Schließmann's Brahms series continues with the Op. 10 Ballades and a brace of later pieces. I previewed them on tape a before the CDs were released; now they are here and in voluptuous sound. The German Steinway has a beautiful resonance, like the Bechstein, but with a more uniform treble.
The Op. 116 Fantasies are serious, emotionally charged miniatures. It is amazing what Brahms can compact into the concise ternary form. The harmonic language is proto-Janáček, without being so discursive and disturbing (a less frightening walk down The Overgrown Path ?). Schließmann's approach – generally slower tempos, rubatos – concentrates the melodic lines by dilating the sense of time. Playing slowly is the easiest way to impart false "meaning" to a piece, but in almost every case, Schließmann shows that he has something in mind. The Intermezzo Op. 116, #2 invites the listener into a dream; there is a sense of spaciousness, of moving within another realm. Ivan Moravec finds that all the time in his ultra-slow Janáček readings.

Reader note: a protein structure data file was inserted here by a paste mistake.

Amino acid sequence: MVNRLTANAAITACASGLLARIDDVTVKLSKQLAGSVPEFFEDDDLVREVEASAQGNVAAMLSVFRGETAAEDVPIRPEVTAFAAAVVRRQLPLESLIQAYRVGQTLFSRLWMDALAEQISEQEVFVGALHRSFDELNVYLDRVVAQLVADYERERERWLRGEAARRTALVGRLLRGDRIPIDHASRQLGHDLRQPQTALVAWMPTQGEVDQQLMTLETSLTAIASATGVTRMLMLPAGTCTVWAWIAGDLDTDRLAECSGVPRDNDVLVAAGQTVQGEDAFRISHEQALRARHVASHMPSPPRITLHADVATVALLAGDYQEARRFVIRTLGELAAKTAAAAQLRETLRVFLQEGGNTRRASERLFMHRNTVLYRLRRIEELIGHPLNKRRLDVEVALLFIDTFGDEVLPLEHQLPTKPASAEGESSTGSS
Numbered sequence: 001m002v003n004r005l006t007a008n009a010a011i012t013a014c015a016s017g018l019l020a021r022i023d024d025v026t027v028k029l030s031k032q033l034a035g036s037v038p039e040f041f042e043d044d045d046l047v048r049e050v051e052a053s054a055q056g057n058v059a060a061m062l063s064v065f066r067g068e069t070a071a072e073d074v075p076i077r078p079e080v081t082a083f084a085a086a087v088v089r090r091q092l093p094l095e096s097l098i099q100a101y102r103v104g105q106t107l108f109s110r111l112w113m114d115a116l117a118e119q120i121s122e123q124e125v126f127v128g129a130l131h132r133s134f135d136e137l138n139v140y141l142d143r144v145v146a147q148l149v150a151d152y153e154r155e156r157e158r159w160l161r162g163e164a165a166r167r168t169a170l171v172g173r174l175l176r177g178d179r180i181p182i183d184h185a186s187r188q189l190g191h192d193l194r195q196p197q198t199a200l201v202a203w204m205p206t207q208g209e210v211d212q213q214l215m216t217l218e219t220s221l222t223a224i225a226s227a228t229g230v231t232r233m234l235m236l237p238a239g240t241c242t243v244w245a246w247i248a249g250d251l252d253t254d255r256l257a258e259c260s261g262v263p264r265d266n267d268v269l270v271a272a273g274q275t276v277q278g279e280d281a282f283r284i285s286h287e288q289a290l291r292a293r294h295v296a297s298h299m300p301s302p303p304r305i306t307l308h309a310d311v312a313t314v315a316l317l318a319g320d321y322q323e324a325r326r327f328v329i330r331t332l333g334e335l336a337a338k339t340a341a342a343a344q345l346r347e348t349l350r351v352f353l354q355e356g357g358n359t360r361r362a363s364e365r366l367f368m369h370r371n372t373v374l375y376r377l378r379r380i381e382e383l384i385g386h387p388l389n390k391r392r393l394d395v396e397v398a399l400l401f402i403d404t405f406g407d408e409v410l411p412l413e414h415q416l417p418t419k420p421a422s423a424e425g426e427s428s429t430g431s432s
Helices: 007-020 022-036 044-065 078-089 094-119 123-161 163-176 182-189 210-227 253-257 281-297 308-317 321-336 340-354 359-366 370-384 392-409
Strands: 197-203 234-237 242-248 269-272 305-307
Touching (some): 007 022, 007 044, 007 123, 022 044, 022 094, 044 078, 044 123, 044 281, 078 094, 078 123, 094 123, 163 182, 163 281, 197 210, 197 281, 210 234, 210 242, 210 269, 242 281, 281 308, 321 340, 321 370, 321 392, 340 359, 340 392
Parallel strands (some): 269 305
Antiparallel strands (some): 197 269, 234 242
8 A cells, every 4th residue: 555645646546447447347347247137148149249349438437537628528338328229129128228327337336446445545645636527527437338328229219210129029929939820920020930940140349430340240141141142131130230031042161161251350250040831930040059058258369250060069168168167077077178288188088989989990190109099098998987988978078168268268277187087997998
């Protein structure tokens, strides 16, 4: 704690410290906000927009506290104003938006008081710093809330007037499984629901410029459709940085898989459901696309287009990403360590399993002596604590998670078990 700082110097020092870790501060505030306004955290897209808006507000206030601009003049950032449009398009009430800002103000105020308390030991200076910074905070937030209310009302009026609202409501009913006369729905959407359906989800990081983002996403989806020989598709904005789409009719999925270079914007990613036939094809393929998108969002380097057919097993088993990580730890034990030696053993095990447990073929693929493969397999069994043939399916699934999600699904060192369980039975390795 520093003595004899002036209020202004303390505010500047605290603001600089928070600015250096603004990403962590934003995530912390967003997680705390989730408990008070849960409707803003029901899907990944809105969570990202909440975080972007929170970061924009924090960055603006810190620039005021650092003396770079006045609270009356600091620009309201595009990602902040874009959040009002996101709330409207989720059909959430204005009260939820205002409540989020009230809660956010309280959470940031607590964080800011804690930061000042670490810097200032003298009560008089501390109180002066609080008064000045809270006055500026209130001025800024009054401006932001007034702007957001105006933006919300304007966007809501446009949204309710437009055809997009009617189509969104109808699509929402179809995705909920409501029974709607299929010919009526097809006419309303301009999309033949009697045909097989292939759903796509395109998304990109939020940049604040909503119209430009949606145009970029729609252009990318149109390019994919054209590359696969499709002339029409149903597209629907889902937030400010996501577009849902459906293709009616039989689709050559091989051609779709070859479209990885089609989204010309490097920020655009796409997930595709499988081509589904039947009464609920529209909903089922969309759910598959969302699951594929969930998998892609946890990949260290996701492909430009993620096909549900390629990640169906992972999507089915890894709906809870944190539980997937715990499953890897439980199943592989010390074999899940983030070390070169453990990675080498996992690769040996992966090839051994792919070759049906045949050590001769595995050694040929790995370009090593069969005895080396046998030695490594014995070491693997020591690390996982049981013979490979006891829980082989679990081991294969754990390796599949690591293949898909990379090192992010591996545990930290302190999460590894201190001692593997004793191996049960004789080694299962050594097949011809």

The last two Op. 117 Intermezzi, if one had a chance to put music to movies or TV, might show up in an episode of "The World at War." They evoke desolation, and somehow, peace – the same way the Bach adagio limns the aftermath of the bombing of Dresden (in the Glenn Gould-produced soundtrack for Slaughterhouse Five).
Schließmann's "Edward" Ballade rises from self-reflection to a carefully rendered climax that is massive, yet non-percussive. It's an impressive performance. The other Ballades are also quite nice. Stay tuned!
Copyright © 1998, Robert J. Sullivan